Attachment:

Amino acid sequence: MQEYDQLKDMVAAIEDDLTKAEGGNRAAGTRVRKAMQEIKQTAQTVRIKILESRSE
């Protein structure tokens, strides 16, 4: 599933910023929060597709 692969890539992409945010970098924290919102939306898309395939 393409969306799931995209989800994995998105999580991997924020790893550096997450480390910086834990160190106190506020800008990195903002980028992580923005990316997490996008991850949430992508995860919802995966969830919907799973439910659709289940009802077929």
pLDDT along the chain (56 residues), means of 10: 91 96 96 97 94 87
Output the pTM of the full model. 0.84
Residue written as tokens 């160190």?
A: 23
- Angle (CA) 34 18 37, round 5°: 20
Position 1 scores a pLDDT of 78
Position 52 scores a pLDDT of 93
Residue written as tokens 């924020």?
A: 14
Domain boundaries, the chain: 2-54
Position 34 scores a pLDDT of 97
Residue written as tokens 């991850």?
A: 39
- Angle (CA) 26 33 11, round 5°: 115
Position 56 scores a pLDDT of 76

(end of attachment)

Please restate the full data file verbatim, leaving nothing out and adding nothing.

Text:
Amino acid sequence: MQEYDQLKDMVAAIEDDLTKAEGGNRAAGTRVRKAMQEIKQTAQTVRIKILESRSE
């Protein structure tokens, strides 16, 4: 599933910023929060597709 692969890539992409945010970098924290919102939306898309395939 393409969306799931995209989800994995998105999580991997924020790893550096997450480390910086834990160190106190506020800008990195903002980028992580923005990316997490996008991850949430992508995860919802995966969830919907799973439910659709289940009802077929």
pLDDT along the chain (56 residues), means of 10: 91 96 96 97 94 87
Output the pTM of the full model. 0.84
Residue written as tokens 């160190």?
A: 23
- Angle (CA) 34 18 37, round 5°: 20
Position 1 scores a pLDDT of 78
Position 52 scores a pLDDT of 93
Residue written as tokens 């924020």?
A: 14
Domain boundaries, the chain: 2-54
Position 34 scores a pLDDT of 97
Residue written as tokens 């991850």?
A: 39
- Angle (CA) 26 33 11, round 5°: 115
Position 56 scores a pLDDT of 76